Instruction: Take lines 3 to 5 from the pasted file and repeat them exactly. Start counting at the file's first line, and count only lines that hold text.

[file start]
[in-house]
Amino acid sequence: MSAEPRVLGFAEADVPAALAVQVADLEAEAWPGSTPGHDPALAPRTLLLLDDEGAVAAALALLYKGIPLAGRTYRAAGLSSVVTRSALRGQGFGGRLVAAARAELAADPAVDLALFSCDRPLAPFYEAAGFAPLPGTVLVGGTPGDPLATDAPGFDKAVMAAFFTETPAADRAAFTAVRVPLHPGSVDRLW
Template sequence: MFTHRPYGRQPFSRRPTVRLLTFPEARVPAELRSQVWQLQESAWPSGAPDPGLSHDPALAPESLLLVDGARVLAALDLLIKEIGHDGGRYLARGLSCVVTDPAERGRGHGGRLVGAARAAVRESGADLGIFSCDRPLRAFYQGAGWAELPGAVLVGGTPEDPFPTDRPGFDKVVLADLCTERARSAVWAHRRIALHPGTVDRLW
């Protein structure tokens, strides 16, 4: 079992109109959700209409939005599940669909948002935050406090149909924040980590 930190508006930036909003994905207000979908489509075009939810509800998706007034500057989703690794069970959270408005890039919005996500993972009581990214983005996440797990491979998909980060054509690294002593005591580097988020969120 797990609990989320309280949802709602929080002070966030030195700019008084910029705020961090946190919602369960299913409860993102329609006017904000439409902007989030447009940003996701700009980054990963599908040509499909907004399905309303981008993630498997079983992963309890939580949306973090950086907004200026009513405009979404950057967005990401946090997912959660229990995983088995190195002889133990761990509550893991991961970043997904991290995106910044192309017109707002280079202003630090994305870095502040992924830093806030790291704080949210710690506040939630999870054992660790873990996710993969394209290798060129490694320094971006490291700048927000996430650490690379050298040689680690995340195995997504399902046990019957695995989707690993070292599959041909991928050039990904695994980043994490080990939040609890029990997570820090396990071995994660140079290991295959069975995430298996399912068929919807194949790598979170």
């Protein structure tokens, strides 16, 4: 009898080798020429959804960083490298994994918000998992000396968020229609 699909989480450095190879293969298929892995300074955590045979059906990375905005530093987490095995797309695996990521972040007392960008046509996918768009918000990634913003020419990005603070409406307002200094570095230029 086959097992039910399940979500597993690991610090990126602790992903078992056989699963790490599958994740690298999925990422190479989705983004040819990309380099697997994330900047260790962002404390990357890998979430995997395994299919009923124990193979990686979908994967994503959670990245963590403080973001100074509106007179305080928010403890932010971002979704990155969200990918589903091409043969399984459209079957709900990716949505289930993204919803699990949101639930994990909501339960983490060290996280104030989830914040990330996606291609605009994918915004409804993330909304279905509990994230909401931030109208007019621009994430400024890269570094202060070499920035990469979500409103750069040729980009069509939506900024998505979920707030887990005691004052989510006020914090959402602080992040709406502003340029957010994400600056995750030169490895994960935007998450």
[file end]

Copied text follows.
Template sequence: MFTHRPYGRQPFSRRPTVRLLTFPEARVPAELRSQVWQLQESAWPSGAPDPGLSHDPALAPESLLLVDGARVLAALDLLIKEIGHDGGRYLARGLSCVVTDPAERGRGHGGRLVGAARAAVRESGADLGIFSCDRPLRAFYQGAGWAELPGAVLVGGTPEDPFPTDRPGFDKVVLADLCTERARSAVWAHRRIALHPGTVDRLW
């Protein structure tokens, strides 16, 4: 079992109109959700209409939005599940669909948002935050406090149909924040980590 930190508006930036909003994905207000979908489509075009939810509800998706007034500057989703690794069970959270408005890039919005996500993972009581990214983005996440797990491979998909980060054509690294002593005591580097988020969120 797990609990989320309280949802709602929080002070966030030195700019008084910029705020961090946190919602369960299913409860993102329609006017904000439409902007989030447009940003996701700009980054990963599908040509499909907004399905309303981008993630498997079983992963309890939580949306973090950086907004200026009513405009979404950057967005990401946090997912959660229990995983088995190195002889133990761990509550893991991961970043997904991290995106910044192309017109707002280079202003630090994305870095502040992924830093806030790291704080949210710690506040939630999870054992660790873990996710993969394209290798060129490694320094971006490291700048927000996430650490690379050298040689680690995340195995997504399902046990019957695995989707690993070292599959041909991928050039990904695994980043994490080990939040609890029990997570820090396990071995994660140079290991295959069975995430298996399912068929919807194949790598979170």
């Protein structure tokens, strides 16, 4: 009898080798020429959804960083490298994994918000998992000396968020229609 699909989480450095190879293969298929892995300074955590045979059906990375905005530093987490095995797309695996990521972040007392960008046509996918768009918000990634913003020419990005603070409406307002200094570095230029 086959097992039910399940979500597993690991610090990126602790992903078992056989699963790490599958994740690298999925990422190479989705983004040819990309380099697997994330900047260790962002404390990357890998979430995997395994299919009923124990193979990686979908994967994503959670990245963590403080973001100074509106007179305080928010403890932010971002979704990155969200990918589903091409043969399984459209079957709900990716949505289930993204919803699990949101639930994990909501339960983490060290996280104030989830914040990330996606291609605009994918915004409804993330909304279905509990994230909401931030109208007019621009994430400024890269570094202060070499920035990469979500409103750069040729980009069509939506900024998505979920707030887990005691004052989510006020914090959402602080992040709406502003340029957010994400600056995750030169490895994960935007998450």